Now I’m not saying “death to optical media”, but optical discs are great for archiving, but not good enough for most other things. Cataloguing them is a pain, and they break or get lost and storage is another problem. With all digital stuff, everthing becomes much easier. VUDU will start to sell permanent HD downloads soon, compared to before when they only made HD stuff available for rental. This is what I like to see. With permanent HD downloads, you can watch the video as many times as you want, and if you accidentally lose or delete the video, you can re-download free of charge as many times as you need to. In other words, your movie library while being stored locally, is also available remotely and that also means backups are not necessary. The only problem now is download speed and HDD size, but these problems will be solved in time.
Back to Blu-ray. There is a perception that Blu-ray is too expensive, which is not really entirely true anymore if you look through Amazon’s extensive range of Blu-ray deals. But perception is reality, as they say, and that’s where Blu-ray is still suffering. Take millionaire basketballer Shawn Marion, when asked about switching to Blu-ray:
Hell, no! Blu-ray [Discs] cost too much. They cost like 35, 40 bucks apiece. I’m going to stick with the $19.99s. $14.99, $19.99, widescreen, I’m good.
He then mentioned that he was happy with his existing HD setup, which suggest DVD upscaling. So the perception of many people, even people as rich as Mr. Marion, is that Blu-ray is not worth the extra cost when upscaled DVD gets you 90% of what you already wanted anyway at lower prices.
Part of the problem with Blu-ray pricing is the licensing fees, which can get very complicated when you have a dozen different audio formats, video formats and disc technologies you have to pay for. So much so that Apple boss Steve Jobs even called Blu-ray licensing “a bag of hurt”. The people behind Blu-ray have finally realised that this is a problem, and have decided to simplify, if not reduce the cost, of Blu-ray licensing. It’s a move in the right direction, at the very least.
Wallpaper that doubles as a TV screen? Not so far-fetched, and could lead to huge TV walls just like in those sci-fi movies. YouTube’s 720p H.264 experiment is still going on, and there’s a guide that tells you have to test it out if you have the patience to upload up to a GB of video at a time. With even web video requiring fast CPUs for decoding, Intel is promising their new GN40 Atom chipset will be able to do 1080p video decoding, although many are doubting the claim. Assuming it is true, this could mean netbooks that can also double as Blu-ray players, once you add the external drive to it. At the very least. 720p YouTube videos should now play without stutter.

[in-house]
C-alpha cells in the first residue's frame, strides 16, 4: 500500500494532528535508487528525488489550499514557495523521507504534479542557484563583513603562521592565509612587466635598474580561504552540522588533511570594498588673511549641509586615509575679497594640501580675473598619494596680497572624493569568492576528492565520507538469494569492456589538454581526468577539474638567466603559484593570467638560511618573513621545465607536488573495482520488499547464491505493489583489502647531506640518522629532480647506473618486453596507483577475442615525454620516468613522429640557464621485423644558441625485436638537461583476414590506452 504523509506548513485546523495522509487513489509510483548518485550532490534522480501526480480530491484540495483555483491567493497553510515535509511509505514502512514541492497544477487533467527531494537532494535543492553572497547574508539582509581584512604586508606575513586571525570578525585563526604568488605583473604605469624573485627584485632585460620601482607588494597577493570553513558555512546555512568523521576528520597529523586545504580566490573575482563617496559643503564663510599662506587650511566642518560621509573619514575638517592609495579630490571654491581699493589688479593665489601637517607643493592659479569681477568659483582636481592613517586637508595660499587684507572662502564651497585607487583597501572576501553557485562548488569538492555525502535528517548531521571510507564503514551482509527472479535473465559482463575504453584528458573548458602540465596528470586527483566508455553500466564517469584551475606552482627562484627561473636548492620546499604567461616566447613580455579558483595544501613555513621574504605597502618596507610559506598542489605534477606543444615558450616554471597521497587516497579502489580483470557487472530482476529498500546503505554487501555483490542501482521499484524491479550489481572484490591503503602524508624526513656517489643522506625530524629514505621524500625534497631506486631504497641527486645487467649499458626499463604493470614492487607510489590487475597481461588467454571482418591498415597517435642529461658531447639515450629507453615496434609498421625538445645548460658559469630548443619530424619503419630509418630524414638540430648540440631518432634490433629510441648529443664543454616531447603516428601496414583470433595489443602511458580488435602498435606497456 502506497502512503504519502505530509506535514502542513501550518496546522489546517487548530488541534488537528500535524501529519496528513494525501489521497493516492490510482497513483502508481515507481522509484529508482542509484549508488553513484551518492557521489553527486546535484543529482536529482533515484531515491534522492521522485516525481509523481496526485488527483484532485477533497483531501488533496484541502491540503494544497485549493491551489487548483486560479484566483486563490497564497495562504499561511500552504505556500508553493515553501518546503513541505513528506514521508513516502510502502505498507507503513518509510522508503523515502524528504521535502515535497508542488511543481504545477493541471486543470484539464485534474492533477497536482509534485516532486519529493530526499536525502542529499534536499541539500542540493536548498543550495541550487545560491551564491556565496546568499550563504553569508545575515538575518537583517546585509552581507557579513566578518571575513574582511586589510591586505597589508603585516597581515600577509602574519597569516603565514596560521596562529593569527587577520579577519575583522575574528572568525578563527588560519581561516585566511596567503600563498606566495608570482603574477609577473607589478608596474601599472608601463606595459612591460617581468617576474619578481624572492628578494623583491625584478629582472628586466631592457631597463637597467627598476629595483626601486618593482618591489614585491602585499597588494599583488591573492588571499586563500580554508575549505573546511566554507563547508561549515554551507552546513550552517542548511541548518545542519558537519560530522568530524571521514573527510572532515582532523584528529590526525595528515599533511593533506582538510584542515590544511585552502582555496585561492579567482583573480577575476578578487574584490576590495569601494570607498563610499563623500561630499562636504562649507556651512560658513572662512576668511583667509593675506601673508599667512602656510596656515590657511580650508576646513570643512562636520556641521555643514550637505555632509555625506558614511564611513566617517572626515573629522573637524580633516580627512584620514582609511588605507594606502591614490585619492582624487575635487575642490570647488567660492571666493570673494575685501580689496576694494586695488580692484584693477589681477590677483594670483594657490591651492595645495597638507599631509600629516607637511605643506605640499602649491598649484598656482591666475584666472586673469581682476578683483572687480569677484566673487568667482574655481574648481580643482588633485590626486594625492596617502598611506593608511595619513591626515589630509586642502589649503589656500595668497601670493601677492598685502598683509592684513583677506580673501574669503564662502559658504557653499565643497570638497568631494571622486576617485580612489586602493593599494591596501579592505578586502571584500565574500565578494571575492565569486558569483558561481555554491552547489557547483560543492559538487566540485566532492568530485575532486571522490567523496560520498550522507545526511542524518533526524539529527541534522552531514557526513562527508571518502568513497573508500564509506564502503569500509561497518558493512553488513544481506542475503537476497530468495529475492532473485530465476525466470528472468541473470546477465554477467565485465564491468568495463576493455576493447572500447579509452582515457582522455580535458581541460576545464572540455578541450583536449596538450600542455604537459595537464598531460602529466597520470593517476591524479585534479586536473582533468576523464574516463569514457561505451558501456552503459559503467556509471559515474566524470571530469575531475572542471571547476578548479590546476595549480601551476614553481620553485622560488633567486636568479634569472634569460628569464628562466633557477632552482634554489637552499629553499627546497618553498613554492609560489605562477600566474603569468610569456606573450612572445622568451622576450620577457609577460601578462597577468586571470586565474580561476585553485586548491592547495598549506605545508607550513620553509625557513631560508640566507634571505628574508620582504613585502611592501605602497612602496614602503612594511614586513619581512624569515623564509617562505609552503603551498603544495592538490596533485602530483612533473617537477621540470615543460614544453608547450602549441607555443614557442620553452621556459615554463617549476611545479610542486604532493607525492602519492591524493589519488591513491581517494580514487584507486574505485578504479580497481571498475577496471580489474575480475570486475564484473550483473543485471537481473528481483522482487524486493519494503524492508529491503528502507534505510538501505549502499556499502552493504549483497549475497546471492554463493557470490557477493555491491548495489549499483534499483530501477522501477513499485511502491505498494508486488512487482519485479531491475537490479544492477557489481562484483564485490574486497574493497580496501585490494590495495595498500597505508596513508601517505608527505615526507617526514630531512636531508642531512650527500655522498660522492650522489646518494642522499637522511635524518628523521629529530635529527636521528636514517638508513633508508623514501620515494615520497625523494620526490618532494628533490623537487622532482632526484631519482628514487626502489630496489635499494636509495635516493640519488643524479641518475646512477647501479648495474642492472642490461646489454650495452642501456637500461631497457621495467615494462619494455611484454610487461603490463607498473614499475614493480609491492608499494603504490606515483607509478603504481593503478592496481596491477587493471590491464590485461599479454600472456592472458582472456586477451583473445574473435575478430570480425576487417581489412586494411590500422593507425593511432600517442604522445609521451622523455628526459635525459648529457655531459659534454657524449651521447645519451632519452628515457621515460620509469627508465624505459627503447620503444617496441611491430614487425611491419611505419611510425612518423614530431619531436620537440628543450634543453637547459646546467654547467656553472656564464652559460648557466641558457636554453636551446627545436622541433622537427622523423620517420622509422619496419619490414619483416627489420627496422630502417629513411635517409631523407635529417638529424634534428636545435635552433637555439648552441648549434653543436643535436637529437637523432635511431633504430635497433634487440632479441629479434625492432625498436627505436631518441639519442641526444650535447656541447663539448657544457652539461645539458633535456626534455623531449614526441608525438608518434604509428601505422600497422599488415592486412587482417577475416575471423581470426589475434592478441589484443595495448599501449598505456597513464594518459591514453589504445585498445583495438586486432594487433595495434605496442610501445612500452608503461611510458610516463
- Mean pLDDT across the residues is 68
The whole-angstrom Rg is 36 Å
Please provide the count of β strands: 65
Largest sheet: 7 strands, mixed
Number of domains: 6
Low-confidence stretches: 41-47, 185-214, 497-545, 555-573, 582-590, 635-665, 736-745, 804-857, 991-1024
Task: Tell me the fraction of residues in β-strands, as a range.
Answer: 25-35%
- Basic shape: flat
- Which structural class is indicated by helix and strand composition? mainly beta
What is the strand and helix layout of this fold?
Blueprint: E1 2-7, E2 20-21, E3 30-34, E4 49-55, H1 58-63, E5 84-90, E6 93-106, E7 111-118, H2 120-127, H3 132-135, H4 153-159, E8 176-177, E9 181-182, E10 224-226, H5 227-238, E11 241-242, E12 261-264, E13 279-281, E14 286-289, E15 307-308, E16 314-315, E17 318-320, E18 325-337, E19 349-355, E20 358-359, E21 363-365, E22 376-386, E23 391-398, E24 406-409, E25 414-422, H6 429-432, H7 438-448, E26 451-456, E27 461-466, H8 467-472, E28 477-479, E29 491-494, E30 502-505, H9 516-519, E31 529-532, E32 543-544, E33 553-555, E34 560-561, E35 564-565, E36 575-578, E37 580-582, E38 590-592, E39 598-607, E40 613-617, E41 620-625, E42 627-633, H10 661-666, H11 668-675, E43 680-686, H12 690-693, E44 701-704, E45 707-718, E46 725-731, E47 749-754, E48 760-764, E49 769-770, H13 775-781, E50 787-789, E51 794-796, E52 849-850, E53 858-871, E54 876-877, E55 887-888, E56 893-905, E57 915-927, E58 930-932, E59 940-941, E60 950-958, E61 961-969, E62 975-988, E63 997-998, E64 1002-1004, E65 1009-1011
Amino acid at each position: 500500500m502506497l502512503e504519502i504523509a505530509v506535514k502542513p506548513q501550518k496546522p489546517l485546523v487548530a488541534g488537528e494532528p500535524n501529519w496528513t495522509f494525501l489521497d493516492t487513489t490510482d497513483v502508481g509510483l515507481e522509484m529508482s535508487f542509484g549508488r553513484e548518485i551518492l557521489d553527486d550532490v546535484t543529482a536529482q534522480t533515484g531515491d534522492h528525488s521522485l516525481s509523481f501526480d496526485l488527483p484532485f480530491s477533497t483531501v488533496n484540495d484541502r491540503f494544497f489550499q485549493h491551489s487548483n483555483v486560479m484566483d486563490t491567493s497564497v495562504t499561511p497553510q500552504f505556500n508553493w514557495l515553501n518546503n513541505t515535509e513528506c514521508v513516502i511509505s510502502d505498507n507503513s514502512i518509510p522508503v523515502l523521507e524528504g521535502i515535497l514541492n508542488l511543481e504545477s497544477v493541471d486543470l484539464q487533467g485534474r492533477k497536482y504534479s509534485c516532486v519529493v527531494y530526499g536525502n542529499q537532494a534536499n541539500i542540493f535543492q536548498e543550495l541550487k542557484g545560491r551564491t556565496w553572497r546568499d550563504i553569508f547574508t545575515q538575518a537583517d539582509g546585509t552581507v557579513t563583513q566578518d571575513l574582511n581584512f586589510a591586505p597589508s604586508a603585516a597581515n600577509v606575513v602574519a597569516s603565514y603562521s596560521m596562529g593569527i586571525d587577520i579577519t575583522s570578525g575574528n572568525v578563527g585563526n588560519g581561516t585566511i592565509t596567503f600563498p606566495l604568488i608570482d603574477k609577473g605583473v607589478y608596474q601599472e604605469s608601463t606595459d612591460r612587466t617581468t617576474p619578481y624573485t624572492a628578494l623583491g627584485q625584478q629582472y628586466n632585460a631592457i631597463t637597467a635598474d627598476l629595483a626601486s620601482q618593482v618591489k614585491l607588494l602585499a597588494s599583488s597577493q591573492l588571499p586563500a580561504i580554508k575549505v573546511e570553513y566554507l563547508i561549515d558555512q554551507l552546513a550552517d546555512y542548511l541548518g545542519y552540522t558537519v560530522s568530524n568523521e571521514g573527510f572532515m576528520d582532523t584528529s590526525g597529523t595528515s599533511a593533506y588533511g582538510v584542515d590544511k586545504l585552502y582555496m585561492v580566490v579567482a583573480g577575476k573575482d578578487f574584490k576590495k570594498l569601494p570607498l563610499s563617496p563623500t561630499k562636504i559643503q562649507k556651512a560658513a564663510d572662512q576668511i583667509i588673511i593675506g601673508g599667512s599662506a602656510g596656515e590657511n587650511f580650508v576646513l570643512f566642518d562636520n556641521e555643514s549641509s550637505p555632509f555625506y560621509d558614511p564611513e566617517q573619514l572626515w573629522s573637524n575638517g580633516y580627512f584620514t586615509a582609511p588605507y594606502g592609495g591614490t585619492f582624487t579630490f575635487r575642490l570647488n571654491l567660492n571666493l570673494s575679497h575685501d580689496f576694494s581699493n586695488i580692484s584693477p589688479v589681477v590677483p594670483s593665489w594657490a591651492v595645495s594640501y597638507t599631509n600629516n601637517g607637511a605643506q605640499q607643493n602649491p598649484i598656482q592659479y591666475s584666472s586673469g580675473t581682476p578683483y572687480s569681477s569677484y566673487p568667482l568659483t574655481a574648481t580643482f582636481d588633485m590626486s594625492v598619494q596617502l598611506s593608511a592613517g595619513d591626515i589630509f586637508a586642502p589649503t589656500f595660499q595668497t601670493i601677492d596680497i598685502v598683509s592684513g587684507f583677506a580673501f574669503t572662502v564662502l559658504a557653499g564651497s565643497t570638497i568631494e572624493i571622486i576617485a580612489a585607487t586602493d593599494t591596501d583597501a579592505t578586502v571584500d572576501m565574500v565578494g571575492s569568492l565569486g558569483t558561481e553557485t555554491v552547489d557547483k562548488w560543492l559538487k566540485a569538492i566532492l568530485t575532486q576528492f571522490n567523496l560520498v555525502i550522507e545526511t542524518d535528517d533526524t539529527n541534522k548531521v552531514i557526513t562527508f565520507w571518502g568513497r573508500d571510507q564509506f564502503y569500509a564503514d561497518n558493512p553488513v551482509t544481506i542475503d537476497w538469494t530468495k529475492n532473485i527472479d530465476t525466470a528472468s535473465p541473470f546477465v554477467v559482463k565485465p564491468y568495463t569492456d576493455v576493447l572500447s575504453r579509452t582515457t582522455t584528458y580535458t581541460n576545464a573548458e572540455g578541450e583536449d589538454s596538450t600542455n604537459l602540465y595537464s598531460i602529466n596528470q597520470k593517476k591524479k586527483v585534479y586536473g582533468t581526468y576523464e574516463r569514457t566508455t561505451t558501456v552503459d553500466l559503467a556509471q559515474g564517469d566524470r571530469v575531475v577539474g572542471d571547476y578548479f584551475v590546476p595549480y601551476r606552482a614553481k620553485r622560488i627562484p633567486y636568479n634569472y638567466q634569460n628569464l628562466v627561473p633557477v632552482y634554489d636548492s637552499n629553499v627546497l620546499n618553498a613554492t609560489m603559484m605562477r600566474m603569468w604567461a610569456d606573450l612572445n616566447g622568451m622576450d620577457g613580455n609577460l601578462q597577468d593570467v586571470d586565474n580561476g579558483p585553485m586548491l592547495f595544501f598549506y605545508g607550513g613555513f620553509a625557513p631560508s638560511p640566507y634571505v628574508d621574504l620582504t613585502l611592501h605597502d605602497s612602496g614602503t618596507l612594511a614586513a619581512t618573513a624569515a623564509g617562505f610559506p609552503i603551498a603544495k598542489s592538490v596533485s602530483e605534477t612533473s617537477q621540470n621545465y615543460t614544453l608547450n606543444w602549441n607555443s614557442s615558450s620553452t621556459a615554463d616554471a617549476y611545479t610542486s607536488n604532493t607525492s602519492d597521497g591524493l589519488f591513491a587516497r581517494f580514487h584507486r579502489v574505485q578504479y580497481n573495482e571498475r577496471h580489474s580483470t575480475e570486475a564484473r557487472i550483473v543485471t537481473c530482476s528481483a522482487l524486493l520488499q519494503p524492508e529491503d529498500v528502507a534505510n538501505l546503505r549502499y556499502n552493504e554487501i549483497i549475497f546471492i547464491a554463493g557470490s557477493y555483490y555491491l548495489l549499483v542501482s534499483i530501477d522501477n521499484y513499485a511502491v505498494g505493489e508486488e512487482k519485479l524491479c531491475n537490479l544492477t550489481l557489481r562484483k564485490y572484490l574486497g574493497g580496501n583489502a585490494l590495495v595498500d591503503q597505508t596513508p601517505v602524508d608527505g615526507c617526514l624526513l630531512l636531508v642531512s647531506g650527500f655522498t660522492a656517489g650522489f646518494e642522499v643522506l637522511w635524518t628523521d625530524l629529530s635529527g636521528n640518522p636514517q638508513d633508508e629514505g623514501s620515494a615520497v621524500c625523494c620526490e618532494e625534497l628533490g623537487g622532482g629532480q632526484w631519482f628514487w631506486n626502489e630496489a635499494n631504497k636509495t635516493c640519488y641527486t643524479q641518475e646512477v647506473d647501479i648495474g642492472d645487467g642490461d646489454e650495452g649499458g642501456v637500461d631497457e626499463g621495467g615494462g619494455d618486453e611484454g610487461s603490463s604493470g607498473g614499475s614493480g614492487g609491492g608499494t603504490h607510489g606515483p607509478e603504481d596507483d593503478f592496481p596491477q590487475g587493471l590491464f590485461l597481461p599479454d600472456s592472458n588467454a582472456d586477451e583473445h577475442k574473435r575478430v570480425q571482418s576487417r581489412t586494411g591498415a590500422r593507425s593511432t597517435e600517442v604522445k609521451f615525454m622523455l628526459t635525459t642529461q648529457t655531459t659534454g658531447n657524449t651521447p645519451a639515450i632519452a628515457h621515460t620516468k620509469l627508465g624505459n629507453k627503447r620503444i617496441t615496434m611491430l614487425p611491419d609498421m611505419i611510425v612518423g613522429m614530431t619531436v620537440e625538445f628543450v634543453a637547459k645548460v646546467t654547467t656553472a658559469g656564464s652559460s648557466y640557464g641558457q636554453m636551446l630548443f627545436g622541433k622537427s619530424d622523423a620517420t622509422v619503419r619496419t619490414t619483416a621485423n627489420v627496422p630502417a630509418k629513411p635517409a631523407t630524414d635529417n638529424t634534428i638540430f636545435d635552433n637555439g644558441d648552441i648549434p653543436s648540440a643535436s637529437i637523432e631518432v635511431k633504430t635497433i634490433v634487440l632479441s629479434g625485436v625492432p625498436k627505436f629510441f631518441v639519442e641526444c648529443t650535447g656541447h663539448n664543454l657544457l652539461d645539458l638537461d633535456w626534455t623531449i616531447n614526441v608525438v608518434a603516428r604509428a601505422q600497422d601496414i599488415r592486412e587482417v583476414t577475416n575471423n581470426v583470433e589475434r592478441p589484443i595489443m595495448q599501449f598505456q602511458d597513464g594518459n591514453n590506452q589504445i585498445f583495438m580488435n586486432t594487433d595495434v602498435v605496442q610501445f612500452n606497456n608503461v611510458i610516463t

And finally in gaming, there’s the somewhat hard to believe rumous of a PS3 without Blu-ray, as a way to reduce cost. This one has popped up time and time again, just like the “Blu-ray add-on drive for Xbox 360” rumour. Neither has any element of truth to it, I suspect.
First of all, how would a Blu-ray-less PS3 even work? All PS3 games are published on Blu-ray discs, so do you then have a PS3 that won’t play *any* of the current released games? Will publishers have to produce and release two versions of the game, one on DVD and another on Blu-ray, to satisfy users? How much would this cost, and how many developers would simply stop making Blu-ray versions of the games? Most likely, if the rumour has any truth to it, is that the PS3 will still come with Blu-ray hardware, but it would no longer play Blu-ray movies. This would save a bundle on licensing, although most of this money goes to Sony anyway, so it’s not a 100% saving. And with Blu-ray hardware still required, and the PS3 hardware still the same, there’s almost no justification to doing this even in terms of purely financial reasons. But then again, the Wii doesn’t play DVDs and look how well it is selling, so maybe there’s something to it. Most likely not though.
And just to give you some cause for concern, too much gaming can cause a skin disorder from holding the controller for too long at a time. It can also make you lose social status, gain weight, cause another skin disorder called pimples and basically behave like an idiot on web forums arguing about how much more awesome the PS3 is compared to the Xbox 360 (or vice versa). Too much of anything is bad for you, and that includes writing a blog that’s too long.
So see you next week right here, and also on the Deals & Freebies section hopefully. Have a great week.